Anxious Colnbrook residents suffered a stressful weekend - after a major flood warning from the Environment Agency on Friday led to a knife edge situation on Saturday as more rain fell.

The Friday warning had stated that heavy rain falling in the Colne Brook catchment area had put properties and low lying areas around Colnbrook and nearby Horton and Wraysbury at immediate risk

Environment Agency staff operated the sluice gates at Horton Mill in a bid to reduce river levels.

By Saturday afternoon half to three quarters of Colnbrook's Pippins and Albany Parks were under water.

The Slough branch of Khalsa Aid delivered 20 tons of sand - as sandbags were prepared for where they might be needed if houses were threatened.

ALSO VIEW: Flooding expected imminently at Colnbrook, Wraysbury and Horton

The worst affected were about eight houses in Cottesbrooke Close which saw water from their front and back gardens reach under the floorboards.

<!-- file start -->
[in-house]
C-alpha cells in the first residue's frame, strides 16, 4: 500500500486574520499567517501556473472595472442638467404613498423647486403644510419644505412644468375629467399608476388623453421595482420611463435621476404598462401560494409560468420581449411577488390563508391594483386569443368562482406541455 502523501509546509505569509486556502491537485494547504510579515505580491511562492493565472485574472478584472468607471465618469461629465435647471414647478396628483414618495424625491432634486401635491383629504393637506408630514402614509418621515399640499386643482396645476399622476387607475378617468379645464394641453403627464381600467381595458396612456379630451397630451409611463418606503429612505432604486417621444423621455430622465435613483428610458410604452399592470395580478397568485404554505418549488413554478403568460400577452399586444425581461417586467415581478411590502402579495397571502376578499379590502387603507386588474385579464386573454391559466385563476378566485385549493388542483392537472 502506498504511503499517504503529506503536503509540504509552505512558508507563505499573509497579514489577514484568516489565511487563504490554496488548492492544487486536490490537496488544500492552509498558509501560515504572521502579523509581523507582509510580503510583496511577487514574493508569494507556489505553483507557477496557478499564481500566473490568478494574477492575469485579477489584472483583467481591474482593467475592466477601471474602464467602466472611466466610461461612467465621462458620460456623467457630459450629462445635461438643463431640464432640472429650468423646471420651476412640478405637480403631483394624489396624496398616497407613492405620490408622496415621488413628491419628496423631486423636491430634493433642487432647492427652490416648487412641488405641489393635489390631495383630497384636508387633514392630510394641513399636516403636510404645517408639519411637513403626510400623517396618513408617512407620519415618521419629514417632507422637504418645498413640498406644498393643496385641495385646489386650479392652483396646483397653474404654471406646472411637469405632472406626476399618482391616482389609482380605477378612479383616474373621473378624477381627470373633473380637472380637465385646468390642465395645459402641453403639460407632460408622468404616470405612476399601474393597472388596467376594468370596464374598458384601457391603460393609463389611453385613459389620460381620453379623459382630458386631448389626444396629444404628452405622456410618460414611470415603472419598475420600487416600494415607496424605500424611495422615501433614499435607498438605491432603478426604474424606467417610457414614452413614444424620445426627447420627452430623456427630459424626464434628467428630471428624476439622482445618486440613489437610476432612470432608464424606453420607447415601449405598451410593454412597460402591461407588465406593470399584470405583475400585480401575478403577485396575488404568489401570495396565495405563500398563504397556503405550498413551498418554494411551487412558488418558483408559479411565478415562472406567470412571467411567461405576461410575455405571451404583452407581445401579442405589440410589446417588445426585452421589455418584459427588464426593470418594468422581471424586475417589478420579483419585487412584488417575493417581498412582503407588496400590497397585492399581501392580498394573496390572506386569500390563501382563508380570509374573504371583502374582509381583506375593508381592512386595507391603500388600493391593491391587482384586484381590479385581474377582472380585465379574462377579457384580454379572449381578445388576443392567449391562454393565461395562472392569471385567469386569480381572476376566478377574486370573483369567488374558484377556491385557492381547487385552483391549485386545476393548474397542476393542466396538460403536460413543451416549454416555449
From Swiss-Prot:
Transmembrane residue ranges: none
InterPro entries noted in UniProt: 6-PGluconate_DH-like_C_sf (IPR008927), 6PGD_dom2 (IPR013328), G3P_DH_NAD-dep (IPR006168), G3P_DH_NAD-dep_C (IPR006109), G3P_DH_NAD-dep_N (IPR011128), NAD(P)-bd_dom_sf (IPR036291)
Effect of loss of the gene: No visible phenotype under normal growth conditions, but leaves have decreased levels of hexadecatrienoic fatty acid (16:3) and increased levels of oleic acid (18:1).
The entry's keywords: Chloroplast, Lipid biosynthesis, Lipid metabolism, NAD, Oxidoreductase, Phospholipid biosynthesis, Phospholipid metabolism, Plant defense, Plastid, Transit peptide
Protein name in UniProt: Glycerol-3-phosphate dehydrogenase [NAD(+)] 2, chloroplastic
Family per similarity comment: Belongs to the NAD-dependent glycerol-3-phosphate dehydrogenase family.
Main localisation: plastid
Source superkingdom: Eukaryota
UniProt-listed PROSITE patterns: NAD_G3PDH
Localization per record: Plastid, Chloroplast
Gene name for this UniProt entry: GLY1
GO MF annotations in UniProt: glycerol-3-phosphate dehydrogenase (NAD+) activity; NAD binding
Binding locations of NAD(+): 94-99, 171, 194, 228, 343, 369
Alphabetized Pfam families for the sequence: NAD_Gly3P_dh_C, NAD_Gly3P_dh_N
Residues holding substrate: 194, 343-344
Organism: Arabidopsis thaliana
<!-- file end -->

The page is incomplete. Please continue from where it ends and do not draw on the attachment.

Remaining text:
Myrtle Close and Fawsley Close residents also saw their gardens submerged.

Teams from Slough Borough Council had staff in Colnbrook helping residents to protect their properties with sandbags or other flood defences.

They also assisted with the pumping of water away from flood prone areas, which has to be tankered away.

But as the heavy rain eased off the pressure subsided.

Slough Borough Council teams remained on the scene this afternoon.

Colnbrook Parish councillor Puja Bedi, who is chairman of Colnbrook Flood Action Group said: "Rain is not forecast for three days so I think we have a fighting chance the water will recede.

"We have a great community here. People really rallied round, helping with the sandbagging. There has been real camaraderie as people protected their village."